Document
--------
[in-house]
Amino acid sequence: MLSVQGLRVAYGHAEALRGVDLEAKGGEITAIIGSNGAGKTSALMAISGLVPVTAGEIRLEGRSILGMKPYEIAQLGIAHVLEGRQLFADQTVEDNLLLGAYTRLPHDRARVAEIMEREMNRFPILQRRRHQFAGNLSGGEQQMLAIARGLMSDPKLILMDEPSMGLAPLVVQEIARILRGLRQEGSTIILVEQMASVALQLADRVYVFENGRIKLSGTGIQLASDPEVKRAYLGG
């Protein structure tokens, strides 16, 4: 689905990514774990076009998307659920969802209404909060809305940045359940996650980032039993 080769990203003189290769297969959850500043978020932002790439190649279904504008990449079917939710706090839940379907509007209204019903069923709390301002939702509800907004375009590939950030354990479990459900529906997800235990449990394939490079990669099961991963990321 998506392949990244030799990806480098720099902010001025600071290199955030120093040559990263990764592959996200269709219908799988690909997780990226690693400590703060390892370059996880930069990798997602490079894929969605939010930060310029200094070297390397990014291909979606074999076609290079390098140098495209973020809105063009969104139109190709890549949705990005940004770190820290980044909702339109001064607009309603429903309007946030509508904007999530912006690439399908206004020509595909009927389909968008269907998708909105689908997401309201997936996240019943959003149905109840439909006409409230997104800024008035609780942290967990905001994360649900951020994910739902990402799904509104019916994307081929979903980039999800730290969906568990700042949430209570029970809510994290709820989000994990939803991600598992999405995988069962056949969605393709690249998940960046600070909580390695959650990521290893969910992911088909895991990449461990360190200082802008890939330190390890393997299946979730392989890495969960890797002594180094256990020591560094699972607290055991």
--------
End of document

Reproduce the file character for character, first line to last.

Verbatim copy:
[in-house]
Amino acid sequence: MLSVQGLRVAYGHAEALRGVDLEAKGGEITAIIGSNGAGKTSALMAISGLVPVTAGEIRLEGRSILGMKPYEIAQLGIAHVLEGRQLFADQTVEDNLLLGAYTRLPHDRARVAEIMEREMNRFPILQRRRHQFAGNLSGGEQQMLAIARGLMSDPKLILMDEPSMGLAPLVVQEIARILRGLRQEGSTIILVEQMASVALQLADRVYVFENGRIKLSGTGIQLASDPEVKRAYLGG
């Protein structure tokens, strides 16, 4: 689905990514774990076009998307659920969802209404909060809305940045359940996650980032039993 080769990203003189290769297969959850500043978020932002790439190649279904504008990449079917939710706090839940379907509007209204019903069923709390301002939702509800907004375009590939950030354990479990459900529906997800235990449990394939490079990669099961991963990321 998506392949990244030799990806480098720099902010001025600071290199955030120093040559990263990764592959996200269709219908799988690909997780990226690693400590703060390892370059996880930069990798997602490079894929969605939010930060310029200094070297390397990014291909979606074999076609290079390098140098495209973020809105063009969104139109190709890549949705990005940004770190820290980044909702339109001064607009309603429903309007946030509508904007999530912006690439399908206004020509595909009927389909968008269907998708909105689908997401309201997936996240019943959003149905109840439909006409409230997104800024008035609780942290967990905001994360649900951020994910739902990402799904509104019916994307081929979903980039999800730290969906568990700042949430209570029970809510994290709820989000994990939803991600598992999405995988069962056949969605393709690249998940960046600070909580390695959650990521290893969910992911088909895991990449461990360190200082802008890939330190390890393997299946979730392989890495969960890797002594180094256990020591560094699972607290055991």